“Drastic improvements in training and payment”

Johannes Lindenmeyer calls reform “not only long overdue, important and right but also extremely valuable and reasonable”. (Photo: MHB)

Neuruppin, 31 August 2020

The new psychotherapy law entered into force on 1 September 2020, with altered framework conditions for the training of psychological therapists. In autumn 2020 most universities revise their Bachelor courses in psychology pursuant to requirements of the new law and licensing regulations. In the coming winter term the Brandenburg Medical School (MHB) is one of the first in Germany to offer direct programmes in psychotherapy not only for 30 Bachelor students but also for about 40 Master students.

Among the main initiators of the new programmes is Johannes Lindenmeyer, professor of clinical psychology and founder and former director of the salus klinik Lindow. He describes the key aspects: “The direct programme encompasses a polyvalent three-year Bachelor course and a subsequent two-year Master course. It concludes with a nationwide uniform state examination and a restricted license to practice. This means that during a following specialist training of five years, graduates can work full-time as psychotherapists in continuing education and receive a standard salary. This new legislation and the new programme bring drastic improvements for the training and payment of future psychotherapists. The reform is not only long overdue, important and right but also extremely valuable and reasonable.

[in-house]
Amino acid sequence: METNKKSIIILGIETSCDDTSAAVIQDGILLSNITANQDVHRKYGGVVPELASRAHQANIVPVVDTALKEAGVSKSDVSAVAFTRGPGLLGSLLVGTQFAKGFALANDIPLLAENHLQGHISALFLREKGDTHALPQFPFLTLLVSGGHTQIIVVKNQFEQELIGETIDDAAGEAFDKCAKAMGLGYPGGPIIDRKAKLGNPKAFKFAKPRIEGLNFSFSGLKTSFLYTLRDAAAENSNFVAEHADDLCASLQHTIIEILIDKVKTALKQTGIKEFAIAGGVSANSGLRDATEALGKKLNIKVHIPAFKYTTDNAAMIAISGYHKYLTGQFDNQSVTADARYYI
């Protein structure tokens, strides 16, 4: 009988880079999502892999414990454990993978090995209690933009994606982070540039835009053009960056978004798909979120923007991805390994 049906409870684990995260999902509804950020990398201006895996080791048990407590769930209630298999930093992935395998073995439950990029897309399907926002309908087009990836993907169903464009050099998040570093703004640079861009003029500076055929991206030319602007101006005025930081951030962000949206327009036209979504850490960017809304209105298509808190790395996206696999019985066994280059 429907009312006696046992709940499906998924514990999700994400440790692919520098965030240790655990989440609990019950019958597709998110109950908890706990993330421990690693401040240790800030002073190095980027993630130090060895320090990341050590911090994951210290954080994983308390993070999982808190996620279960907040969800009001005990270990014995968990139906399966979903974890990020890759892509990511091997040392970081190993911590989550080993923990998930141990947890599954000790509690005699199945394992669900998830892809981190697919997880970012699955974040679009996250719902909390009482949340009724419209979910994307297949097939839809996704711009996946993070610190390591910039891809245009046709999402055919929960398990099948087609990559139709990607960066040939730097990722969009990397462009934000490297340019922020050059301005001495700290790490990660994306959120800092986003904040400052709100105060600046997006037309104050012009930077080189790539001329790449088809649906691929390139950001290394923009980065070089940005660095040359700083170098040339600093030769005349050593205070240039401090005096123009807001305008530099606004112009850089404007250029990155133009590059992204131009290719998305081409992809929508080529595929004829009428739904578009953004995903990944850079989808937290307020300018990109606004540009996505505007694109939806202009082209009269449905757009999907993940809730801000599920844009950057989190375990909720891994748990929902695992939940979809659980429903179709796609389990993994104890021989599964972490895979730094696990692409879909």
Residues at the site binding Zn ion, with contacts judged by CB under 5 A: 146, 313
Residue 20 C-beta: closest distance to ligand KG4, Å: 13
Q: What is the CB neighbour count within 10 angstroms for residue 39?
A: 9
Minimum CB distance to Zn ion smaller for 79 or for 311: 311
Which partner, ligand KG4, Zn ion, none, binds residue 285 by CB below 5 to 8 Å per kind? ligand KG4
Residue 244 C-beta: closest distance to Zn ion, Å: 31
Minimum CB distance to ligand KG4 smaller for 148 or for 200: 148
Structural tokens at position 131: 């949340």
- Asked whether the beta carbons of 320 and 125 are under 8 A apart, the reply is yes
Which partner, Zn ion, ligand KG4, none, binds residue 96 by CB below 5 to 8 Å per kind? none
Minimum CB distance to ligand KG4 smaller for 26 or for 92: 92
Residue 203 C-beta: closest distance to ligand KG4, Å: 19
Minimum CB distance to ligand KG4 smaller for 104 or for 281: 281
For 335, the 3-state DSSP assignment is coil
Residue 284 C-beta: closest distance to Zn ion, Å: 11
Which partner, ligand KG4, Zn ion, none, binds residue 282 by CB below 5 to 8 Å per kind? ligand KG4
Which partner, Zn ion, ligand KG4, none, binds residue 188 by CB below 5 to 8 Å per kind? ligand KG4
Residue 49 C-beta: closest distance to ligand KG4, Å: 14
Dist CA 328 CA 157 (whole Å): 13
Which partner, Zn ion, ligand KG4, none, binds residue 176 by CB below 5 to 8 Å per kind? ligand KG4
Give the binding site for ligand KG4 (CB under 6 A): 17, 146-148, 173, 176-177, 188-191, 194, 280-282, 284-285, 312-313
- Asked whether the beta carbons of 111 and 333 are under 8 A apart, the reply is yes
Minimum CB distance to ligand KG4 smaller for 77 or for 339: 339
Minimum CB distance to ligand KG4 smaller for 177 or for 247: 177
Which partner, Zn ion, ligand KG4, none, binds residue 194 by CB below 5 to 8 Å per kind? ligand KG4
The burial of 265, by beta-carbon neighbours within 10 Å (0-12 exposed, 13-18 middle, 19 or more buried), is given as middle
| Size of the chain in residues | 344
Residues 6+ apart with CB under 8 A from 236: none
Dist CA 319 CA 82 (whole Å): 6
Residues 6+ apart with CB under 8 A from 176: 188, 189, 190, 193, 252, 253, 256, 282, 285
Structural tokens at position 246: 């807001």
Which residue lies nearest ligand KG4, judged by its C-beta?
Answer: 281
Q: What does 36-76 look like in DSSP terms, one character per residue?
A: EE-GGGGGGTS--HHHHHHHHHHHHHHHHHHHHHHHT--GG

We are delighted to get fully started now. The courses offered at the MHB so far comprised a high proportion of clinical practice and many other elements which the revised law now makes obligatory nationwide. Having anticipated many of these elements, we can now start the next winter semester not only with 30 beginners in the polyvalent Bachelor course but also with about 40 Master students in clinical psychology and psychotherapy. The latter attended a summer school to acquire the few remaining qualifications for admission to the Master course. This is a unique phenomenon in Germany and once again underlines the pioneering role of the MHB and the State of Brandenburg.”

Science Minister Dr. Manja Schüle praises the MHB for seizing the initiative early on and for offering Bachelor graduates the direct transition to the Master course. She explicitly welcomes the MHB concept of clinical training in cooperating hospitals as an integral part of student education right from the start, for the immediate benefit of psychotherapy care in the region.

The MHB has created a large network of cooperating clinical facilities. Students are involved in clinical-therapeutic practice from the first day. Lindenmeyer points out that the MHB format of Clinic Days in partner clinics meets pertinent requirements of the new licensing regulations: “These innovative practice-oriented teaching formats introduce our students to patient contacts, daily hospital routines and interdisciplinary team work with various health professionals. In this way they acquire experience and essential knowhow for their future occupational life. Instruction in small groups, problem-oriented learning and regular exchange under expert supervision in TRIK seminars are further elements of the strong practice orientation in our programmes.”

For more details see here.

Prof. Johannes Lindenmeyer is available for questions per email at johannes.lindenmeyer@mhb-fontane.